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Waking up from the cyber nightmare: keeping your tech secure

The third and final day of Ozwater’22 opened with a keynote address sure to send delegates to their laptop and smart phones to double check their security settings.

“I'm going to provide you with a few nightmares,” promised environmental scientist and futurist Dr Catherine Ball at the beginning of her presentation, The water industry as a cyber target: understanding risks and opportunities. What followed was sure to strike fear into the heart of even the most technologically savvy water professional.

Even before the COVID-19 pandemic, Australia was receiving 200 cyber attacks every second.

 “This doesn't even start to scratch the surface of what we know is happening in terms of cyber warfare, particularly around critical infrastructure,” she said.

“The thing about cyber attacks is there are a lot of them, but there's been a lot of them for a very, very long time.”

She compared the impact of a cyber attack to a “dirty bomb set off over a reservoir” in terms of significance.

“I don't need to tell you just how critical the water industry is in terms of infrastructure,” Ball said.

“If you get taken out, we all get taken out.”

And while the number of attempted attacks was high before the pandemic began, the risks are even greater now due to the large numbers of people working from home.

“The truth is cybersecurity at home is not as good as the cybersecurity at work,” she said. “We have to remember when we're home working to be just extra safe and extra secure.”

She urged all delegates to ensure they were using multi-factor authentication for all of their online accounts.

“I have friends who are bigwigs in some of the big tech companies, and I have watched them get their Instagrams hacked, and then be held to ransom for US$500 equivalent in Bitcoin before they're allowed to have their Instagram back,” she warned.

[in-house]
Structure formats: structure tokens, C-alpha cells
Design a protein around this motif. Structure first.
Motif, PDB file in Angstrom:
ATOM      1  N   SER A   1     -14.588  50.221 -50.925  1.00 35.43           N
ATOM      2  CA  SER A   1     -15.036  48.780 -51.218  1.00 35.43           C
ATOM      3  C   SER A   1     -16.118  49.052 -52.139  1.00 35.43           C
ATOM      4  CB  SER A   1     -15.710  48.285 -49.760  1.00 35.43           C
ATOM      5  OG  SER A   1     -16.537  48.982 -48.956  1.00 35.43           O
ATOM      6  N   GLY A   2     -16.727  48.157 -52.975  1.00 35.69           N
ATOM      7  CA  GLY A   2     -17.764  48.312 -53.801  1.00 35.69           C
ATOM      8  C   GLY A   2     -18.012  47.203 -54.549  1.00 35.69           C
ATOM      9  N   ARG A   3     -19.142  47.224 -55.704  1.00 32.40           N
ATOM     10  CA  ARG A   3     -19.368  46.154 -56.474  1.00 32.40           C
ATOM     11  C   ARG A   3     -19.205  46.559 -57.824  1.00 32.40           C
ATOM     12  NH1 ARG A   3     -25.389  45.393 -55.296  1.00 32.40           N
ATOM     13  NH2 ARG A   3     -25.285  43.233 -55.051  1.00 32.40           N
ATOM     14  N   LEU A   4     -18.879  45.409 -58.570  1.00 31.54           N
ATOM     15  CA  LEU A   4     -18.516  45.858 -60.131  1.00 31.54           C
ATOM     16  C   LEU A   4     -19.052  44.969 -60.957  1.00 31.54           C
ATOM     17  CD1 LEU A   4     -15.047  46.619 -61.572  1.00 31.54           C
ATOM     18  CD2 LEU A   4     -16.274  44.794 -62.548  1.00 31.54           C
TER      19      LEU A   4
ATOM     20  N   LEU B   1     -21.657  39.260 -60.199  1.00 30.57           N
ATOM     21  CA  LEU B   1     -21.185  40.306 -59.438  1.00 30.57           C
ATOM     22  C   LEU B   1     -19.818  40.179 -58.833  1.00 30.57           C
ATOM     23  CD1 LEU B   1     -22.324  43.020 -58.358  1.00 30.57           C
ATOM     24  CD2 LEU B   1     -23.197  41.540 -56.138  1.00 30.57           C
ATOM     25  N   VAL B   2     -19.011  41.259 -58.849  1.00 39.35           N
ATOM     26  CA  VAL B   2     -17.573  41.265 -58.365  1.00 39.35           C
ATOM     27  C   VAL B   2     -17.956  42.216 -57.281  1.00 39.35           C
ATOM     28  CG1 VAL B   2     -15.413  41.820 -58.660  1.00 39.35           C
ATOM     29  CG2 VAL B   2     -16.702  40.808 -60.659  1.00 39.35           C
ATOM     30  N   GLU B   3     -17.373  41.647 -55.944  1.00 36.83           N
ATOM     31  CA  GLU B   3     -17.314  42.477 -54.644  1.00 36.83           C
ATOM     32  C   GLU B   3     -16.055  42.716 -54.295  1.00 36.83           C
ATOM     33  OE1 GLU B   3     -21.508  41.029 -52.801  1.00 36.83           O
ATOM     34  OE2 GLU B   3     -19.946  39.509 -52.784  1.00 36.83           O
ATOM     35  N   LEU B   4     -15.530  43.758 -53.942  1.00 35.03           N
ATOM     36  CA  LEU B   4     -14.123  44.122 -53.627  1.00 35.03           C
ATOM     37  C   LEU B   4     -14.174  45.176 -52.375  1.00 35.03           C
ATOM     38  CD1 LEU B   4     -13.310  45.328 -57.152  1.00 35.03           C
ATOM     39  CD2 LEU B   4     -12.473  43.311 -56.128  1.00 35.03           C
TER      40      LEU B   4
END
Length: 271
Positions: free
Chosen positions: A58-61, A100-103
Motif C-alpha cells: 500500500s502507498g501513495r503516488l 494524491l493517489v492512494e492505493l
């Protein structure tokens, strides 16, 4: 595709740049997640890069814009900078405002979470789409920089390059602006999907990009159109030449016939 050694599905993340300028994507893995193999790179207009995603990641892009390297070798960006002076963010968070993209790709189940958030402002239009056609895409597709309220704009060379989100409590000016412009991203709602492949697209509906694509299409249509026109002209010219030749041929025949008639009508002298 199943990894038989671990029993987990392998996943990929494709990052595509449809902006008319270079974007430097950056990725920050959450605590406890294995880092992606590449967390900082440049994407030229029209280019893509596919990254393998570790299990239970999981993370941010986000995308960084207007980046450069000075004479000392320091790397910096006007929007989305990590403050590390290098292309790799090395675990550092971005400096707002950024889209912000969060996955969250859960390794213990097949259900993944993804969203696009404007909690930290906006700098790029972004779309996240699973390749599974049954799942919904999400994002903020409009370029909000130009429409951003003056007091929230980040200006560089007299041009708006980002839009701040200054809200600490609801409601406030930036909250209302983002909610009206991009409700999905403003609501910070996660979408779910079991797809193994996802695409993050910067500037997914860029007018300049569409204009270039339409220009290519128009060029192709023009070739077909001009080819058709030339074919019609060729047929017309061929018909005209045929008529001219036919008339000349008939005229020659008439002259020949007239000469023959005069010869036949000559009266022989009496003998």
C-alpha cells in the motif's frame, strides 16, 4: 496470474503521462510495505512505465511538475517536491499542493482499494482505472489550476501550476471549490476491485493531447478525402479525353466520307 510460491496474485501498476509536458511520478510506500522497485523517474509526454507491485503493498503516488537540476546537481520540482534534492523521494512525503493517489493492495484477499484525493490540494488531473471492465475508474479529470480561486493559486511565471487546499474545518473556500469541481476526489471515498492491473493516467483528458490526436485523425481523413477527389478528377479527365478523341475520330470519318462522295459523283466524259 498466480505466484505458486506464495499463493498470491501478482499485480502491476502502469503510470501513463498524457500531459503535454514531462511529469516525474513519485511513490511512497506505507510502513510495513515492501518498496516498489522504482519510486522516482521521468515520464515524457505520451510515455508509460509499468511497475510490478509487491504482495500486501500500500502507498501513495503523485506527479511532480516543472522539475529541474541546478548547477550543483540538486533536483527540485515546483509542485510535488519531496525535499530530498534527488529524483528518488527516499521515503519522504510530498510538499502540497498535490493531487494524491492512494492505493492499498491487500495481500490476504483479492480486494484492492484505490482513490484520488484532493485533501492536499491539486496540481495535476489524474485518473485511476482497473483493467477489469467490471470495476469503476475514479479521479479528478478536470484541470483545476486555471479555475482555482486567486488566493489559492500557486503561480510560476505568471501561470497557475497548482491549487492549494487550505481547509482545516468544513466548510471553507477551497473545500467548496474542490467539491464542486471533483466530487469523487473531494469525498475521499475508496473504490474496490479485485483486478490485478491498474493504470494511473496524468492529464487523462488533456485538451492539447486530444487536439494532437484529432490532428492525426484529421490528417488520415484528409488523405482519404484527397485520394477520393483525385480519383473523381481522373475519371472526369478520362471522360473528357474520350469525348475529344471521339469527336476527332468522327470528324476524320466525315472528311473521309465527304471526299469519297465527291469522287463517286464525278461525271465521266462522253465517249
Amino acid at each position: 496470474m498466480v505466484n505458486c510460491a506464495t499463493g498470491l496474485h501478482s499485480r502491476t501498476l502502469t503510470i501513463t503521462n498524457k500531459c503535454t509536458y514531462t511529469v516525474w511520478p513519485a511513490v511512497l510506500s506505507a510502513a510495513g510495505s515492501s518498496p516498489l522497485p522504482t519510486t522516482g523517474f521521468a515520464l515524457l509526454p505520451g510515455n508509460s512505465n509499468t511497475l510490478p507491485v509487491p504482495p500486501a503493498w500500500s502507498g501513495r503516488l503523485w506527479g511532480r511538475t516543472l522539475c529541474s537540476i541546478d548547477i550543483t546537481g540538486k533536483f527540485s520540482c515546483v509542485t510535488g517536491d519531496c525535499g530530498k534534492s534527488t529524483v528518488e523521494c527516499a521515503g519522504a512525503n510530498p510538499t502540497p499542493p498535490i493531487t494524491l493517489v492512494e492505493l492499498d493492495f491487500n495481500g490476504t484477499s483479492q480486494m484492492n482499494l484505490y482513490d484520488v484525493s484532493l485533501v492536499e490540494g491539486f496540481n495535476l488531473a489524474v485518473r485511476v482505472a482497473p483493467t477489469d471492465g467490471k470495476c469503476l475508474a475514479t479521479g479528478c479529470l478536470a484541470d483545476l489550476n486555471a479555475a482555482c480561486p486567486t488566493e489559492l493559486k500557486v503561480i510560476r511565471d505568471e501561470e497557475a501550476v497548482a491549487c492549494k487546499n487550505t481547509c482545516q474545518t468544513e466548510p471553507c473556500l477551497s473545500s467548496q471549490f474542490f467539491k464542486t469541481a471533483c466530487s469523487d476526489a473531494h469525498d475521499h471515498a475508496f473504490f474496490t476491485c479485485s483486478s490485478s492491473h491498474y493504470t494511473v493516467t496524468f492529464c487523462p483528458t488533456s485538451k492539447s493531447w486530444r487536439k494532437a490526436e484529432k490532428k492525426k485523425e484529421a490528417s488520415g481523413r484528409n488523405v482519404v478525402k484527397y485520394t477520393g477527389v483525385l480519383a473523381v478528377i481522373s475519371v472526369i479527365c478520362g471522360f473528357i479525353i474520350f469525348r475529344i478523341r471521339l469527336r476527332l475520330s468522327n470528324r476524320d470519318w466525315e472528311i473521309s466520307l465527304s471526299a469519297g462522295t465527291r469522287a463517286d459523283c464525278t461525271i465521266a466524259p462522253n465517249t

“You need to make sure you back up your own personal access to your social media and everything that you work on with multi-factor authentication.”

One quality distinct to the water industry that presents particular challenges in terms of cybersecurity is that it combines some of the world’s oldest infrastructure assets with some of the world’s newest technologies.

“I'd suggest that maybe defence infrastructure is probably the closest thing to it in terms of complexity,” Ball said.

“There's a pathway of information forwards and backwards around how we manage our assets in a really unique way — the water industry is very unique in this.”

This has become an even more vexing challenge because the number of devices gathering data has extended the realm of cybersecurity far beyond computers.

“The next phase we're walking into now is not the Internet of Things; it’s the internet of bodies,” Ball said, explaining that she doesn’t wear smart devices for this reason.

“You might want to have a think about choices that we make when we passively donate our information to tech billionaires and make them lots of money.

“You have a digital twin set up — not only of your business, but also of you. They are creating digital chimeras of us as individuals, and this is a source of cyber threat, not only to you but to where you work.”

But Ball’s address was about cyber opportunities as well as risks, and one of these concerned the ability to respond to the growing threat of climate change.

“I'm working with DFAT now to build entire digital twins of the Pacific islands to then be able to scenario plan for cyclones, scenario plan for tsunamis [and] scenario plan so we know [what to do] when a cyclone comes in,” she explained.

“We warbook it. We do it things like oil spills, but we don't do it for bushfires. We do it for things like nuclear disasters, but we don't do it for tsunamis and floods.”

Because the water industry incorporates large complex infrastructure projects involving asset management and multifactorial data management, Ball said that presented cybersecurity opportunities.

“Look at the opportunities that this will bring for you and for your career to expand out how you talk about the water industry,” she said.

“If you get this right, a lot of industries will follow.”

Ball wrapped up her address with a homework assignment.

“Find a cyber qualification — you need to get up to speed with this, because all of our jobs are tied to cybersecurity,” she urged.

“You can do online qualifications in cybersecurity. You don't need to be able to write code; you can do a Cert-IV at TAFE, you could just do a graduate diploma — do something, please.”

Water industry professionals could even benefit from watching a TED Talk about cybersecurity, she said, or perusing the courses at

“You can get taught by the people that created the cybersecurity world about what cybersecurity is for free, and it'll take a couple of hours of your time over a couple of weeks, and you'll have some education around what cybersecurity is,” she said.

“Take home this idea that the future is personalised. Cybersecurity is your responsibility, no matter what part you work in the water industry.”